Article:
Advantages of Biomass Energy

As you’ll see, the advantages of biomass energy are many. However, remember that reaping these advantages requires appropriate use. Energy policy often can be tainted with political motives, and it’s as true with biomass energy programs as with any other form

Still, the advantages are real.

Carbon Neutral

One of the major advantages of biomass energy is it's small carbon footprint compared to fossil fuel.

As long as new plant material is grown to replace that used, biomass energy produces no net CO2 increase.

To the extent biopower reduces fossil fuel consumption it reduces CO2 release.

One problem keeps this from being as good news as it should be: often fossil fuels are used to harvest and manipulate biomass.

For example, loggers use chain saws to fell trees and trucks to transport the lumber, so some fossil fuel is used to produce wood for fuel.

Depending on the exact situation, the fossil fuel consumption required for the use of the biofuel offsets or even eliminates any carbon advantage.

Because of this, I think using corn to produce ethanol is a particularly poor form of biomass energy.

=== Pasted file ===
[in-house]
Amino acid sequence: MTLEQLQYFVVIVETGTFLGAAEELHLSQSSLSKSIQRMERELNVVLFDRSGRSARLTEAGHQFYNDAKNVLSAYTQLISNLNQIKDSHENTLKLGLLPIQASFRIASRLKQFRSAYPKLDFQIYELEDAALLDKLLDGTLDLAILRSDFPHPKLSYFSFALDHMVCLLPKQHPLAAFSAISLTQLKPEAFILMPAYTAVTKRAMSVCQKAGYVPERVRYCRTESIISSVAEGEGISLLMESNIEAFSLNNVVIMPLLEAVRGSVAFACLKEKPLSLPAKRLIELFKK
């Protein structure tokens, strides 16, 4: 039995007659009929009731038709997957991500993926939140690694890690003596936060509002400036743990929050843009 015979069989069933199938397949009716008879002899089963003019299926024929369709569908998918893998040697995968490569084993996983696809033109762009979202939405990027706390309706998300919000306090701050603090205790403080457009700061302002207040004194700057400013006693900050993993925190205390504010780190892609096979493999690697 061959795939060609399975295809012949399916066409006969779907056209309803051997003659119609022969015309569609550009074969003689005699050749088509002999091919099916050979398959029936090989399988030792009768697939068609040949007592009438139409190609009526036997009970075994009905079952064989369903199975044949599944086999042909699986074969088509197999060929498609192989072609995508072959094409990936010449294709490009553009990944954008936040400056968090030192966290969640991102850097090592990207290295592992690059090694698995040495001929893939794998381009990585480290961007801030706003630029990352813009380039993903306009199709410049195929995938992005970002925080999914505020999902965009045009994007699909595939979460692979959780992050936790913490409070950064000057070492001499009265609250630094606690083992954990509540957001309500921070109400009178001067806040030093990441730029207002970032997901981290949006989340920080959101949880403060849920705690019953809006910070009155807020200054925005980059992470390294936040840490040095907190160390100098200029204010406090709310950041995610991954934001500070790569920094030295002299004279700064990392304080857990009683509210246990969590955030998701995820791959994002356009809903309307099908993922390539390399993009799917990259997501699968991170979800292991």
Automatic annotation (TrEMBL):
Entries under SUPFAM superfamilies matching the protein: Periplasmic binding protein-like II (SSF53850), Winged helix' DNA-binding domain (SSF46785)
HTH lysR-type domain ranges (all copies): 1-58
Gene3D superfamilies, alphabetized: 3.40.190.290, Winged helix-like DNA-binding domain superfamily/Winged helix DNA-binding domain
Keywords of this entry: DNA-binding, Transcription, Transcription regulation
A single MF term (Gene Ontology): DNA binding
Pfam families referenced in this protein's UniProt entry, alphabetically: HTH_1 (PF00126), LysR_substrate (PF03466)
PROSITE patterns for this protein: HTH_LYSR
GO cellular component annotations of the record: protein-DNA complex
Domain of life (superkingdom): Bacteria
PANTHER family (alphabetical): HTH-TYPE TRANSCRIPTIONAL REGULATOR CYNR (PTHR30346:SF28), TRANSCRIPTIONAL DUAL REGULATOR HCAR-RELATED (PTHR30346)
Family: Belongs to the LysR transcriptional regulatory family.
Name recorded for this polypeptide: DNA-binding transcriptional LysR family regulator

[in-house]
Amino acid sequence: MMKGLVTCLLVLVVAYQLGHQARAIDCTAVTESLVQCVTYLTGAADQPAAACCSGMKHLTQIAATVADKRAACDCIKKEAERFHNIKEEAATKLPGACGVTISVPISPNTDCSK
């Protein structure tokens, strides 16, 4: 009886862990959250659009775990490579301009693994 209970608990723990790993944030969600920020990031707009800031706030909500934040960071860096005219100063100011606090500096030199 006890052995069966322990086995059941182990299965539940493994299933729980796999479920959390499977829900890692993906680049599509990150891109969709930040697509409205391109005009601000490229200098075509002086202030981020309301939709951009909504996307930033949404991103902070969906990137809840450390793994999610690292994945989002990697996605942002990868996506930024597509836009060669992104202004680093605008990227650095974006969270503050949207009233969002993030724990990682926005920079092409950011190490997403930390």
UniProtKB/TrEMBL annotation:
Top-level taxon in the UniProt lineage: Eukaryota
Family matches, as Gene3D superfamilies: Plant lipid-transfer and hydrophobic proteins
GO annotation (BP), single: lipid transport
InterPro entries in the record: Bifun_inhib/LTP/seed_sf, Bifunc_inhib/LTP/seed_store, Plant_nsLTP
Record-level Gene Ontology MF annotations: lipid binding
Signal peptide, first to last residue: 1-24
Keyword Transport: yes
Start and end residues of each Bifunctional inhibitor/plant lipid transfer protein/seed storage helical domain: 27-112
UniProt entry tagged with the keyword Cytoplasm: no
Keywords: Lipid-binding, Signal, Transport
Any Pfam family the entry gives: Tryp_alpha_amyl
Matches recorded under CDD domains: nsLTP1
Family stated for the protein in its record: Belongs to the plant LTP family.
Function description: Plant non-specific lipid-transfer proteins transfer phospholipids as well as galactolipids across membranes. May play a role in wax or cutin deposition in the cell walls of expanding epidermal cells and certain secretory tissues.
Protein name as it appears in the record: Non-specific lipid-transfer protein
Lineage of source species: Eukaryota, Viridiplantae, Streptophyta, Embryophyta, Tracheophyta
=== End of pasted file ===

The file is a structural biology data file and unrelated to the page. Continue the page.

It takes almost as much oil energy in the form of fertilizer and fuel for farm machines and ethanol production as the ethanol itself contains.

Having said that, intelligent use of biomass fuel reduces carbon dioxide production.

Reduces Methane in the Atmosphere

The advantages of biomass energy includes methane reduction.

Methane causes even more greenhouse effect than carbon dioxide, so its release into the atmosphere is cause for concern.

Decomposition of organic matter releases methane. Capturing this methane yields energy while protecting the atmosphere.

The animal industry and landfills produce significant amounts of methane. This is a n excellent opportunity to use biomass to good effect. We can now harvest this gas and put it to good use.

This is another area where applying biomass technology has multiple benefits. Consider the use of an anaerobic digester to manage cattle manure.